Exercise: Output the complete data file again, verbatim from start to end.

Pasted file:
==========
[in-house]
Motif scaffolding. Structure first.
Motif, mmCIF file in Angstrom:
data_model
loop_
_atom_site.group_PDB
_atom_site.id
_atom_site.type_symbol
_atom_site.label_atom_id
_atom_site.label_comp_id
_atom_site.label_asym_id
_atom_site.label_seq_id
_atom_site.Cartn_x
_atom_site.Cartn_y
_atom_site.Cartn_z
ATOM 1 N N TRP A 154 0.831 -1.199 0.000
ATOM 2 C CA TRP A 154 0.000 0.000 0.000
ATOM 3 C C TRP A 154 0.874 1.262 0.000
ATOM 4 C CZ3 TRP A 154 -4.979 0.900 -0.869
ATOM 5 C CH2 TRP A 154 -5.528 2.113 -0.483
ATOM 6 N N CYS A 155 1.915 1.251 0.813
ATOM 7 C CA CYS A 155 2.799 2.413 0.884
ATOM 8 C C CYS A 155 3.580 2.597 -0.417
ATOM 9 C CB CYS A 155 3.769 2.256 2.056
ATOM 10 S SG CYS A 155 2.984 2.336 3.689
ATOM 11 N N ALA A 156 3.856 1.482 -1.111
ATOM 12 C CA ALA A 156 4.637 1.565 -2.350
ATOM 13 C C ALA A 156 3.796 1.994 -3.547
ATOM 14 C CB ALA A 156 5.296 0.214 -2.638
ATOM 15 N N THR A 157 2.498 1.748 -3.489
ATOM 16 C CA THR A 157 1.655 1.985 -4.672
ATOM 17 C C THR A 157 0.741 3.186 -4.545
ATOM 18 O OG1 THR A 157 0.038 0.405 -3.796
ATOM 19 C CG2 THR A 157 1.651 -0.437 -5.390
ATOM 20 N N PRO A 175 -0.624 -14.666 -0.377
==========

[in-house]
Motif scaffolding. Structure first.
Motif, mmCIF file in Angstrom:
data_model
loop_
_atom_site.group_PDB
_atom_site.id
_atom_site.type_symbol
_atom_site.label_atom_id
_atom_site.label_comp_id
_atom_site.label_asym_id
_atom_site.label_seq_id
_atom_site.Cartn_x
_atom_site.Cartn_y
_atom_site.Cartn_z
ATOM 1 N N TRP A 154 0.831 -1.199 0.000
ATOM 2 C CA TRP A 154 0.000 0.000 0.000
ATOM 3 C C TRP A 154 0.874 1.262 0.000
ATOM 4 C CZ3 TRP A 154 -4.979 0.900 -0.869
ATOM 5 C CH2 TRP A 154 -5.528 2.113 -0.483
ATOM 6 N N CYS A 155 1.915 1.251 0.813
ATOM 7 C CA CYS A 155 2.799 2.413 0.884
ATOM 8 C C CYS A 155 3.580 2.597 -0.417
ATOM 9 C CB CYS A 155 3.769 2.256 2.056
ATOM 10 S SG CYS A 155 2.984 2.336 3.689
ATOM 11 N N ALA A 156 3.856 1.482 -1.111
ATOM 12 C CA ALA A 156 4.637 1.565 -2.350
ATOM 13 C C ALA A 156 3.796 1.994 -3.547
ATOM 14 C CB ALA A 156 5.296 0.214 -2.638
ATOM 15 N N THR A 157 2.498 1.748 -3.489
ATOM 16 C CA THR A 157 1.655 1.985 -4.672
ATOM 17 C C THR A 157 0.741 3.186 -4.545
ATOM 18 O OG1 THR A 157 0.038 0.405 -3.796
ATOM 19 C CG2 THR A 157 1.651 -0.437 -5.390
ATOM 20 N N PRO A 175 -0.624 -14.666 -0.377